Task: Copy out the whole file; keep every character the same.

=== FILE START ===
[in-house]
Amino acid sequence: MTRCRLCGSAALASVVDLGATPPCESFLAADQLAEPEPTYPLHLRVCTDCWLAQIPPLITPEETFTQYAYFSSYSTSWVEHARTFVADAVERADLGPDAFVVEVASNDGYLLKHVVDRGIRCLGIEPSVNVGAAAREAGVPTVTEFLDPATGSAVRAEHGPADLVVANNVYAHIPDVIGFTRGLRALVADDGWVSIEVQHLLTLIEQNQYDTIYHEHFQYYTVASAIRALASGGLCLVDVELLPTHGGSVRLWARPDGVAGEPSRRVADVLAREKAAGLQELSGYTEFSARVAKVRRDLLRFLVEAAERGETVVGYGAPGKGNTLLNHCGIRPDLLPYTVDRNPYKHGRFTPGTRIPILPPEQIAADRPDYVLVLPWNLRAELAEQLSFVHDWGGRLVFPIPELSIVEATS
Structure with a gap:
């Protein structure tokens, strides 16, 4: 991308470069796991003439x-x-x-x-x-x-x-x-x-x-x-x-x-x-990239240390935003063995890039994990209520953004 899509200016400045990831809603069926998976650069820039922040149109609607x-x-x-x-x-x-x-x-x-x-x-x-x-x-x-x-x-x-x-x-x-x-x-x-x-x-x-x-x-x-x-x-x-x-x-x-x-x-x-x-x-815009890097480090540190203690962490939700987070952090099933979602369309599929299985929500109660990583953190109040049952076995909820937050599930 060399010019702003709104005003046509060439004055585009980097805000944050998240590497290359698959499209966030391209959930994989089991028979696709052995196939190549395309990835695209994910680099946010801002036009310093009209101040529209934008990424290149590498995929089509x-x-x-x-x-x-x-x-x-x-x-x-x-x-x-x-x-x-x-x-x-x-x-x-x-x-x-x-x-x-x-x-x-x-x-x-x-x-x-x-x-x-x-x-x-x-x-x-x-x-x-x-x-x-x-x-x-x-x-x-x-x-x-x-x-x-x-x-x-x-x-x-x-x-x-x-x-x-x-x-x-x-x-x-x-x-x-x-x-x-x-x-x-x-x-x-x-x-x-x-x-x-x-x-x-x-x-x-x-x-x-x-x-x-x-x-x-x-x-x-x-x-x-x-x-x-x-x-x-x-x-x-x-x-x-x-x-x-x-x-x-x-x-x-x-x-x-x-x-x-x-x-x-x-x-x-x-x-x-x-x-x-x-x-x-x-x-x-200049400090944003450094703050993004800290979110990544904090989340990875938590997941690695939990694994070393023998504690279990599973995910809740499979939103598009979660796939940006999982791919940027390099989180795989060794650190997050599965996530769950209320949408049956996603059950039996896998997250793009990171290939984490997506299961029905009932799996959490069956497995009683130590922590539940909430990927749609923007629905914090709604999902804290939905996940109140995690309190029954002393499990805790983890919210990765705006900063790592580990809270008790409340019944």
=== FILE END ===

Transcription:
[in-house]
Amino acid sequence: MTRCRLCGSAALASVVDLGATPPCESFLAADQLAEPEPTYPLHLRVCTDCWLAQIPPLITPEETFTQYAYFSSYSTSWVEHARTFVADAVERADLGPDAFVVEVASNDGYLLKHVVDRGIRCLGIEPSVNVGAAAREAGVPTVTEFLDPATGSAVRAEHGPADLVVANNVYAHIPDVIGFTRGLRALVADDGWVSIEVQHLLTLIEQNQYDTIYHEHFQYYTVASAIRALASGGLCLVDVELLPTHGGSVRLWARPDGVAGEPSRRVADVLAREKAAGLQELSGYTEFSARVAKVRRDLLRFLVEAAERGETVVGYGAPGKGNTLLNHCGIRPDLLPYTVDRNPYKHGRFTPGTRIPILPPEQIAADRPDYVLVLPWNLRAELAEQLSFVHDWGGRLVFPIPELSIVEATS
Structure with a gap:
């Protein structure tokens, strides 16, 4: 991308470069796991003439x-x-x-x-x-x-x-x-x-x-x-x-x-x-990239240390935003063995890039994990209520953004 899509200016400045990831809603069926998976650069820039922040149109609607x-x-x-x-x-x-x-x-x-x-x-x-x-x-x-x-x-x-x-x-x-x-x-x-x-x-x-x-x-x-x-x-x-x-x-x-x-x-x-x-x-815009890097480090540190203690962490939700987070952090099933979602369309599929299985929500109660990583953190109040049952076995909820937050599930 060399010019702003709104005003046509060439004055585009980097805000944050998240590497290359698959499209966030391209959930994989089991028979696709052995196939190549395309990835695209994910680099946010801002036009310093009209101040529209934008990424290149590498995929089509x-x-x-x-x-x-x-x-x-x-x-x-x-x-x-x-x-x-x-x-x-x-x-x-x-x-x-x-x-x-x-x-x-x-x-x-x-x-x-x-x-x-x-x-x-x-x-x-x-x-x-x-x-x-x-x-x-x-x-x-x-x-x-x-x-x-x-x-x-x-x-x-x-x-x-x-x-x-x-x-x-x-x-x-x-x-x-x-x-x-x-x-x-x-x-x-x-x-x-x-x-x-x-x-x-x-x-x-x-x-x-x-x-x-x-x-x-x-x-x-x-x-x-x-x-x-x-x-x-x-x-x-x-x-x-x-x-x-x-x-x-x-x-x-x-x-x-x-x-x-x-x-x-x-x-x-x-x-x-x-x-x-x-x-x-x-x-x-200049400090944003450094703050993004800290979110990544904090989340990875938590997941690695939990694994070393023998504690279990599973995910809740499979939103598009979660796939940006999982791919940027390099989180795989060794650190997050599965996530769950209320949408049956996603059950039996896998997250793009990171290939984490997506299961029905009932799996959490069956497995009683130590922590539940909430990927749609923007629905914090709604999902804290939905996940109140995690309190029954002393499990805790983890919210990765705006900063790592580990809270008790409340019944």